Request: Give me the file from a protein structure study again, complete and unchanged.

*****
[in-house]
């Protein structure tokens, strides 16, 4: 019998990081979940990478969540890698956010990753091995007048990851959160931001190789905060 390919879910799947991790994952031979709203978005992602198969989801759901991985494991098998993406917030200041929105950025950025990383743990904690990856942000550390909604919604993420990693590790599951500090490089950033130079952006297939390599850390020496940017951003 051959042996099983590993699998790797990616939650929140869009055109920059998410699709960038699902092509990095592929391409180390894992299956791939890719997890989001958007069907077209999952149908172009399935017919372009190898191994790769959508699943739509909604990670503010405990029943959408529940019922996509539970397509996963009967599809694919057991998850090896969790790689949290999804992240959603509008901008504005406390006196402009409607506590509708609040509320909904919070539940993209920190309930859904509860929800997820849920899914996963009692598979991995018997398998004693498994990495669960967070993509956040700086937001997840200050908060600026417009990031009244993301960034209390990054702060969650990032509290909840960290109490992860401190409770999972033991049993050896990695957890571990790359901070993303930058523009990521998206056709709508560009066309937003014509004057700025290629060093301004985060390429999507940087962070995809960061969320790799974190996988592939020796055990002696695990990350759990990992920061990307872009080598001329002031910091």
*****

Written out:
[in-house]
């Protein structure tokens, strides 16, 4: 019998990081979940990478969540890698956010990753091995007048990851959160931001190789905060 390919879910799947991790994952031979709203978005992602198969989801759901991985494991098998993406917030200041929105950025950025990383743990904690990856942000550390909604919604993420990693590790599951500090490089950033130079952006297939390599850390020496940017951003 051959042996099983590993699998790797990616939650929140869009055109920059998410699709960038699902092509990095592929391409180390894992299956791939890719997890989001958007069907077209999952149908172009399935017919372009190898191994790769959508699943739509909604990670503010405990029943959408529940019922996509539970397509996963009967599809694919057991998850090896969790790689949290999804992240959603509008901008504005406390006196402009409607506590509708609040509320909904919070539940993209920190309930859904509860929800997820849920899914996963009692598979991995018997398998004693498994990495669960967070993509956040700086937001997840200050908060600026417009990031009244993301960034209390990054702060969650990032509290909840960290109490992860401190409770999972033991049993050896990695957890571990790359901070993303930058523009990521998206056709709508560009066309937003014509004057700025290629060093301004985060390429999507940087962070995809960061969320790799974190996988592939020796055990002696695990990350759990990992920061990307872009080598001329002031910091």